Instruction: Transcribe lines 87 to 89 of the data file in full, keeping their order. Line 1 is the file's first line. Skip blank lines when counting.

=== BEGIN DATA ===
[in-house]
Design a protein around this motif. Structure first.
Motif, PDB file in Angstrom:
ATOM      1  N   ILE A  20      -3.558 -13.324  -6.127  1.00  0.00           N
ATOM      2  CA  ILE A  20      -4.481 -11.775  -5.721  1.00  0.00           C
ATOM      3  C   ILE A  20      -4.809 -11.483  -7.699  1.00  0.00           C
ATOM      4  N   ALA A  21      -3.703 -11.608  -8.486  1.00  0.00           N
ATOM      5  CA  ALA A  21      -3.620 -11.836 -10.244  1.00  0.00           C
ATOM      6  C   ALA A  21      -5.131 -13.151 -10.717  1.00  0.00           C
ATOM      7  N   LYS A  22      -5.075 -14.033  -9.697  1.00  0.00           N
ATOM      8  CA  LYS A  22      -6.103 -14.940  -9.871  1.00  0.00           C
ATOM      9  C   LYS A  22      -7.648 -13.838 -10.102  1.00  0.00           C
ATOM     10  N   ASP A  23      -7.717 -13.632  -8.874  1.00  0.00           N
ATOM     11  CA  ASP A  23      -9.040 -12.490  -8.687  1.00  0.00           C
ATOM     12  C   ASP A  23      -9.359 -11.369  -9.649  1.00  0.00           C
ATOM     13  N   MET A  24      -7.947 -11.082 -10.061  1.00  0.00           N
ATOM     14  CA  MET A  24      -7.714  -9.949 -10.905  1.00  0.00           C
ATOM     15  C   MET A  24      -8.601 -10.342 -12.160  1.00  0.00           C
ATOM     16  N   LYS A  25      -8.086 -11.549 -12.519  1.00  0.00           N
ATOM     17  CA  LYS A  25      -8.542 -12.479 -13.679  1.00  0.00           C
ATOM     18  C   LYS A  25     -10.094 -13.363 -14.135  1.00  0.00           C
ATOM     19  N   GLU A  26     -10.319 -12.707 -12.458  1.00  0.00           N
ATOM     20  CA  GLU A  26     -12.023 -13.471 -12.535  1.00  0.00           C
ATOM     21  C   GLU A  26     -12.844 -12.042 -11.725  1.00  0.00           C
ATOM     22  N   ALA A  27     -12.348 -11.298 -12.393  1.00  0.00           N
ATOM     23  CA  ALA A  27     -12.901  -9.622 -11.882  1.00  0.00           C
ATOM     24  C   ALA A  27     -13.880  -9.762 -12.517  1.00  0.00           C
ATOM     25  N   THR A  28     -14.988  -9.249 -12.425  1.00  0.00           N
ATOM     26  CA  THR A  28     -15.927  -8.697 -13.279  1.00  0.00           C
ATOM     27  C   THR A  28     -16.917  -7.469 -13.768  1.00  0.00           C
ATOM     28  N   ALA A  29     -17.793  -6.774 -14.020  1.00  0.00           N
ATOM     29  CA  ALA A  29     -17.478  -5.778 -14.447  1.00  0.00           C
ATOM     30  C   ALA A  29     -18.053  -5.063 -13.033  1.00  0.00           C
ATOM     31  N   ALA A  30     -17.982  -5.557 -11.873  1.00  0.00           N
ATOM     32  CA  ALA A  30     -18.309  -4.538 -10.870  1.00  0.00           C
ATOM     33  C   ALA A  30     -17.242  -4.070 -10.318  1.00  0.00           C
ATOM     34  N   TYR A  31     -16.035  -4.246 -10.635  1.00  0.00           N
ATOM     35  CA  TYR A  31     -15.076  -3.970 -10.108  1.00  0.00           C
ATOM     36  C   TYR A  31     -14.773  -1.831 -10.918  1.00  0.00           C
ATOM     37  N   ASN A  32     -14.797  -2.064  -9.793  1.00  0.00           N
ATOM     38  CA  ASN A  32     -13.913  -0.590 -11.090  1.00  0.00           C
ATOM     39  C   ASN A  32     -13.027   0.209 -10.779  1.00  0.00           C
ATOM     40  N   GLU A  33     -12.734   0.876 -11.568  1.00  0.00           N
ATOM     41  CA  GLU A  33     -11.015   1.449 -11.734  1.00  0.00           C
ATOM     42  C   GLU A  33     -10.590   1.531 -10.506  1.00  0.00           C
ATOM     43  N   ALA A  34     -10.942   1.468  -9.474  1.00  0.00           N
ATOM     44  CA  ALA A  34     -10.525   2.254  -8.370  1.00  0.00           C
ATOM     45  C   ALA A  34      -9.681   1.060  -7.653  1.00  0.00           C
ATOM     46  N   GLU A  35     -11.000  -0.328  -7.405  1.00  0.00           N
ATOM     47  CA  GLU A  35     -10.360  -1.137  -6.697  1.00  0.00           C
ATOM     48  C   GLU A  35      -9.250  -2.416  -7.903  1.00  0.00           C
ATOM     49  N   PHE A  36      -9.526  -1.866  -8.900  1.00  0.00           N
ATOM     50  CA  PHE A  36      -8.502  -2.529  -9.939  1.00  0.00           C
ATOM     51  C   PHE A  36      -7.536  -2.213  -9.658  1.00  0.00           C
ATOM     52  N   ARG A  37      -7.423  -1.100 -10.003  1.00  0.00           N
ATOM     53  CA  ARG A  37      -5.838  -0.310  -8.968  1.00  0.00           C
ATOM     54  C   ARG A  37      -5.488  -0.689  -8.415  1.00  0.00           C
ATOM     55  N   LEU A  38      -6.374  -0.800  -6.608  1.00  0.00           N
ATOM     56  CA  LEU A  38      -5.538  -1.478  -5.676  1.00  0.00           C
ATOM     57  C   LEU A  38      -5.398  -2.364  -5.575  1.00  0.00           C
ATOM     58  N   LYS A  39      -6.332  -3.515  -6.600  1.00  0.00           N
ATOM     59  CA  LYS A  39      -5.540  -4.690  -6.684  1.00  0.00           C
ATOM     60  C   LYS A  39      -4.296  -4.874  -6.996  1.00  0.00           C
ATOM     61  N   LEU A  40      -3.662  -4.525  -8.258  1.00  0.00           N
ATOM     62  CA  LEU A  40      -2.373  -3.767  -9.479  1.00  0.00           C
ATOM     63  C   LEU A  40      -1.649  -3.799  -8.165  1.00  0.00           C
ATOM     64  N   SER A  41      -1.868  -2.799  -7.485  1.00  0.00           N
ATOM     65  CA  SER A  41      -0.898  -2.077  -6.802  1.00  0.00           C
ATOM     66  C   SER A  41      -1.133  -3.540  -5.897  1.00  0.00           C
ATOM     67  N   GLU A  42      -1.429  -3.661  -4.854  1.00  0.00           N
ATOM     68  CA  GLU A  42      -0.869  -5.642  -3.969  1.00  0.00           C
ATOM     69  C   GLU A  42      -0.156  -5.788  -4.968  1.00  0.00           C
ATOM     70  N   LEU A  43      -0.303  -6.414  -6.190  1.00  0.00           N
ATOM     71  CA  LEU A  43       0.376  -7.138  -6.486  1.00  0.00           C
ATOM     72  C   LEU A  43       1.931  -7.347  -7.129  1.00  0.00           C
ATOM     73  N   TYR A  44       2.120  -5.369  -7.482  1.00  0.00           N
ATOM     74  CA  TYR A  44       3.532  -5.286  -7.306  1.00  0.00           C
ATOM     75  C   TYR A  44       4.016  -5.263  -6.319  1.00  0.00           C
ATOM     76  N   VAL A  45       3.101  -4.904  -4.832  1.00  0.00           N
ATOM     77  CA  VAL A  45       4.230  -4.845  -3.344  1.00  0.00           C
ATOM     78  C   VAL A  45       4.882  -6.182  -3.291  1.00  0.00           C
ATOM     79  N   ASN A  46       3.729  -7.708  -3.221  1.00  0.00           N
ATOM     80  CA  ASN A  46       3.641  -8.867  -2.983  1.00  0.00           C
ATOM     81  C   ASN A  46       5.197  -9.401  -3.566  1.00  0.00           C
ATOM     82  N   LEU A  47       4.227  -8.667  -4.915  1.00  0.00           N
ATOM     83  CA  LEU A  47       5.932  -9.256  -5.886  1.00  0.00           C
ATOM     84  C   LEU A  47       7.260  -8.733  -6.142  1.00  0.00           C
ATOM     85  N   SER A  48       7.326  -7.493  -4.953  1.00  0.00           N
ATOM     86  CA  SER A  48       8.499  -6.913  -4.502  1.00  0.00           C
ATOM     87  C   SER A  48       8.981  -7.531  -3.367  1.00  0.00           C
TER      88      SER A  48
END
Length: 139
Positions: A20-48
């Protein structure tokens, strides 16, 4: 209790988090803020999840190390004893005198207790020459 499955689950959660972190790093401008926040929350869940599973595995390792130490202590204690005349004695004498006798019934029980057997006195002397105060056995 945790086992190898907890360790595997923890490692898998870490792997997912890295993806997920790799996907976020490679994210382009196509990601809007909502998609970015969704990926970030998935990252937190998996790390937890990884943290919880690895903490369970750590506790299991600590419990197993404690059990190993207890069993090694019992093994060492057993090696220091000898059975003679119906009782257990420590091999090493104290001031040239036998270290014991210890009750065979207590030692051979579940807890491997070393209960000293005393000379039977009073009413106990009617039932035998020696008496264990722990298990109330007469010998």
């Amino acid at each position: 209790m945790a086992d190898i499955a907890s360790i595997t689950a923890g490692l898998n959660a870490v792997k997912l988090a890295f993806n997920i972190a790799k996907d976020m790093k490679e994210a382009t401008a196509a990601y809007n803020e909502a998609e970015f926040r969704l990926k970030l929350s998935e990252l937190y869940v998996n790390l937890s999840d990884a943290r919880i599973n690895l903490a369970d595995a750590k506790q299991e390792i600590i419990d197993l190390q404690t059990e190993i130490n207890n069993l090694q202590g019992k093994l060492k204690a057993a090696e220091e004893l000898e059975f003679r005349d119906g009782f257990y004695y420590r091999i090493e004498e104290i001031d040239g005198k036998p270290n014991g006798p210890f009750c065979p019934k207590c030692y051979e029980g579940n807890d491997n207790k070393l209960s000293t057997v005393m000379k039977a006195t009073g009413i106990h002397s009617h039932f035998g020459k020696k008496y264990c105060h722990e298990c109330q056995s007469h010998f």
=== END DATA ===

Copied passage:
ATOM     84  C   LEU A  47       7.260  -8.733  -6.142  1.00  0.00           C
ATOM     85  N   SER A  48       7.326  -7.493  -4.953  1.00  0.00           N
ATOM     86  CA  SER A  48       8.499  -6.913  -4.502  1.00  0.00           C